Economic activity boomed to start 2021, as widespread vaccinations and more fuel from government spending helped get the U.S. closer to where it was before the Covid-19 pandemic struck, the Commerce Department reported Thursday.
Gross domestic product, the sum of all goods and services produced in the economy, jumped 6.4% for the first three months of the year on an annualized basis. Outside of the reopening-fueled third-quarter surge last year, it was the best period for GDP since the third quarter of 2003.
Economists surveyed by Dow Jones had been looking for a 6.5% increase. Q4 of 2020 accelerated at a 4.3% pace.
“This signals the economy is off and running and it will be a boom-like year,” said Mark Zandi chief economist at Moody’s Analytics. “Obviously, the American consumer is powering the train and businesses are investing strongly.”
In a separate report Thursday, the Labor Department said initial jobless claims fell to a pandemic-era low last week, but the number was higher than expected.
The boost in GDP came across a spectrum of areas, including increased personal consumption, fixed residential and nonresidential investment and government spending. Declines in inventories and exports as well as an increase in imports subtracted from the gain.
Consumers, who account for 68.2% of the economy, accelerated spending by 10.7% in the quarter, compared with a 2.3% increase in the previous period. The expenditures were largely focused on goods, which increased 23.6%, but spending on services, which had been the missing link in the recovery, still grew by 4.6%.
On the goods side, spending exploded by 41.4% on durable goods like appliances and other long-lasting purchases.
Big consumer spending came thanks to another round of stimulus checks, this time for $1,400.
While the numbers indicated that many used the free money to spend, they also tucked a good portion of it away, as the savings rate soared to 21%, from 13% in Q4.
“With the elevated saving rate, households are still flush with cash and, now that restrictions are being eased as the vaccination program proves a success, that will allow them to boost spending on the worst-affected services, without needing to pull back too much on goods spending,” wrote Paul Ashworth, chief U.S. economist at Capital Economics.
Imports also continued to increase, rising 5.7%, while exports declined by 1.1%. Imports subtract from GDP.
Government expenditures and investment increased 6.3%, including a 13.9% rise at the federal level and a 1.7% gain from state and local entities.
Inventories declined sharply, shaving 2.64 percentage points off the top-line GDP gain, owing largely to spending in the U.S. outpacing much of the rest of the world. However, that slump in Q1 likely will only boost overall growth numbers later.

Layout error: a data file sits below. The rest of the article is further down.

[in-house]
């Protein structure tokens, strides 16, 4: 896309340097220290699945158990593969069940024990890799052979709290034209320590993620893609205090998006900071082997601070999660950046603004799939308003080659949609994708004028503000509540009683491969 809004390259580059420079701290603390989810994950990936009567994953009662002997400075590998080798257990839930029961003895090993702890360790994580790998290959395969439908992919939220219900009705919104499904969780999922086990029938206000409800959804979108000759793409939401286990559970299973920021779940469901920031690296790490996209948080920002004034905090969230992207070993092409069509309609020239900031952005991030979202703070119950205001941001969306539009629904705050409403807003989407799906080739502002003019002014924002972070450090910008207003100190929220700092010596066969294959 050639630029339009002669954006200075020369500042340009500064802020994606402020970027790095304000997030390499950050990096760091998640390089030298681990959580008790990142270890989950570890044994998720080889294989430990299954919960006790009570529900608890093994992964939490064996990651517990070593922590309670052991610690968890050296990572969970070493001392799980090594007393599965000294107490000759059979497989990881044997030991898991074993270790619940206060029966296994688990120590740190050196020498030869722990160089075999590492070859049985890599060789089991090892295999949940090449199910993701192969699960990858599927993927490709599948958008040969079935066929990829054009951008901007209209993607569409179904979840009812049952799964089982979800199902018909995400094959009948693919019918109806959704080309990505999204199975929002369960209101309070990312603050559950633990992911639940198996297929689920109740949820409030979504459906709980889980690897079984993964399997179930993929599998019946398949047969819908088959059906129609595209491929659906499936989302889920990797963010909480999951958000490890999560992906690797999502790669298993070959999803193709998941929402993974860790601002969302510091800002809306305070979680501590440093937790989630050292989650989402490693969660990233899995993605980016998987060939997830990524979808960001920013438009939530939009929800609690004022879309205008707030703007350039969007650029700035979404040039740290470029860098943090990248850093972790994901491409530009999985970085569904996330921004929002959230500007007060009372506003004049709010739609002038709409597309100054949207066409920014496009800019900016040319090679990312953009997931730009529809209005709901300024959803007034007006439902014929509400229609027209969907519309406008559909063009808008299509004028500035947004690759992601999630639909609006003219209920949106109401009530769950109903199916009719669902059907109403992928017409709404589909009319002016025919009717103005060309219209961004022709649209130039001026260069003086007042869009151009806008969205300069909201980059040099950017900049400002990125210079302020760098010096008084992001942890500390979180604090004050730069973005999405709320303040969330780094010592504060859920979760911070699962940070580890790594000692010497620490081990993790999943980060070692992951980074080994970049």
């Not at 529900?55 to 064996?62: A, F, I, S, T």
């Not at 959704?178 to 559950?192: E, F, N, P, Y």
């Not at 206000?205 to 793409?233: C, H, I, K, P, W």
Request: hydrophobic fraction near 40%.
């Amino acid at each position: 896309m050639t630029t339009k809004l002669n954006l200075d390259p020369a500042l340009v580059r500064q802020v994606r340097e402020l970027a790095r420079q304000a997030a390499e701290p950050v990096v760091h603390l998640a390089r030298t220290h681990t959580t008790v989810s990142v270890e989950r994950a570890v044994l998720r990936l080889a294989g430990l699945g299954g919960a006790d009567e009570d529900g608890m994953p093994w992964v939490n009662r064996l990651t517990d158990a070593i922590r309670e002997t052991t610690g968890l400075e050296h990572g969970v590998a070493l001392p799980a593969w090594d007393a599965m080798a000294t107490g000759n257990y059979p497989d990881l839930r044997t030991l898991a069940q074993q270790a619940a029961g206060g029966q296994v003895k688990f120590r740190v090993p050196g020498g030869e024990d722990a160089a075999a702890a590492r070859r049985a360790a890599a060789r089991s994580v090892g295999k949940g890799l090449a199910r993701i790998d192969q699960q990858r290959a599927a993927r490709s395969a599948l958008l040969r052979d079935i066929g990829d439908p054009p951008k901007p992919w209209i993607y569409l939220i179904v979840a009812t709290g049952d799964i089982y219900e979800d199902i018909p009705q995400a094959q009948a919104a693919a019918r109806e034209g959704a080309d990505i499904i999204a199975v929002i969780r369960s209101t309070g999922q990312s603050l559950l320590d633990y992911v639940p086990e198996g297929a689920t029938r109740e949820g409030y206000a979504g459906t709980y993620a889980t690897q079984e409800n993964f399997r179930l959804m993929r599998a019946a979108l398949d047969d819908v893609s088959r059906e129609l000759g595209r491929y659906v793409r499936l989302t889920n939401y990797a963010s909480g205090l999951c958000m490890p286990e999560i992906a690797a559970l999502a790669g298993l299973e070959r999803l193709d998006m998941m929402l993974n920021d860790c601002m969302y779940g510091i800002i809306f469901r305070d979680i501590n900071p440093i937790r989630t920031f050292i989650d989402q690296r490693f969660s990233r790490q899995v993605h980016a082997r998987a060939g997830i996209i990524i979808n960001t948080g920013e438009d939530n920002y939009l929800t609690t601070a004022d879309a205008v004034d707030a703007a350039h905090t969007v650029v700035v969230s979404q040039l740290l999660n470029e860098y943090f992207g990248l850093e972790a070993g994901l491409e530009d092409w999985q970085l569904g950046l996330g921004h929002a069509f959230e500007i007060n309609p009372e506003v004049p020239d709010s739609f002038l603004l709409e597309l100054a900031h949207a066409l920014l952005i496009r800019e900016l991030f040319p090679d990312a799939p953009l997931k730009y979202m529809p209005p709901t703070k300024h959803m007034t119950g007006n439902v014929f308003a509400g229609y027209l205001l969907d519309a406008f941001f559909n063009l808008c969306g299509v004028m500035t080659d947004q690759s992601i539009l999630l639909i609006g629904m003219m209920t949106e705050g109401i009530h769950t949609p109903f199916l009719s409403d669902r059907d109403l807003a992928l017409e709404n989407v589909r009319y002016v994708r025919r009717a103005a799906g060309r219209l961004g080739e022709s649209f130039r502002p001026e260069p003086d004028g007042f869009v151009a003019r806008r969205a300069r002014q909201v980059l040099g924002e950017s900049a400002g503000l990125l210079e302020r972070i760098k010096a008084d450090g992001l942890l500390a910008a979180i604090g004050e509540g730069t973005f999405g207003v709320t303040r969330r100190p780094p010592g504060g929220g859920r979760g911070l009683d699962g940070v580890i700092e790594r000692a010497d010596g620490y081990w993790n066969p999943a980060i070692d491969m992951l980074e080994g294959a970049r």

“The only real drag on the economy will continue to be trade, because the U.S. is way out ahead on the recovery than anywhere else in the world,” Zandi said. “We’re buying stuff and the rest of the world is still not quite there yet. Everything is firing on all cylinders, and we’re off and running.”
Still in recovery mode
The latest numbers reflect an economy that has made major strides since the 2020 lockdown that sent more than 22 million American workers to the unemployment line and saw GDP plunge an unprecedented 31.4% in Q2 of 2020.
That was followed by a rebound of 33.4% in Q3. However, the Bureau of Economic Research still has not declared an end to the recession as GDP in total dollars has not passed its previous peak.
While about 14 million have returned to their jobs since then, the Federal Reserve estimates that some 8.4 million fewer hold jobs now than prior to the pandemic. The unemployment rate has tumbled from its high of 14.7% down to 6%, but that’s still well above the 3.5% in February 2020.
A separate report from the Labor Department showed that another 553,000 Americans filed first-time jobless claims last week. That marked another pandemic-era low but was above the Dow Jones estimate of 528,000. Continuing claims, which run a week behind, nudged higher to 3.67 million, while the total receiving benefits through all programs fell by nearly 850,000 to 16.6 million.
The struggles in the jobs market continue to fuel accommodative monetary policy.
The Fed on Wednesday noted that “indicators of economic activity and employment have turned up recently, although the sectors most adversely affected by the pandemic remain weak.”
Fed Chairman Jerome Powell said that while housing activity is above where it had been and other parts have recovered close to pre-pandemic levels, the recovery remains “uneven and far from complete.”
The rebound also is reflective of previously unheard of levels of policy stimulus both from the Fed and Congress.
On the fiscal side, Congress has allocated some $5.3 trillion toward enhanced unemployment compensation along with a variety of other spending programs that helped push the federal budget deficit to $1.7 trillion in the first half of fiscal 2021 and has sent the national debt soaring to $28.1 trillion. Congress also is considering a $1.8 trillion infrastructure plan from the White House.
The Fed also has come through, cutting its benchmark short-term borrowing rate to near zero and buying nearly $4 trillion worth of bonds, pushing its balance sheet to just shy of $8 trillion.
Become a smarter investor with CNBC Pro.
Get stock picks, analyst calls, exclusive interviews and access to CNBC TV.
Sign up to start a free trial today.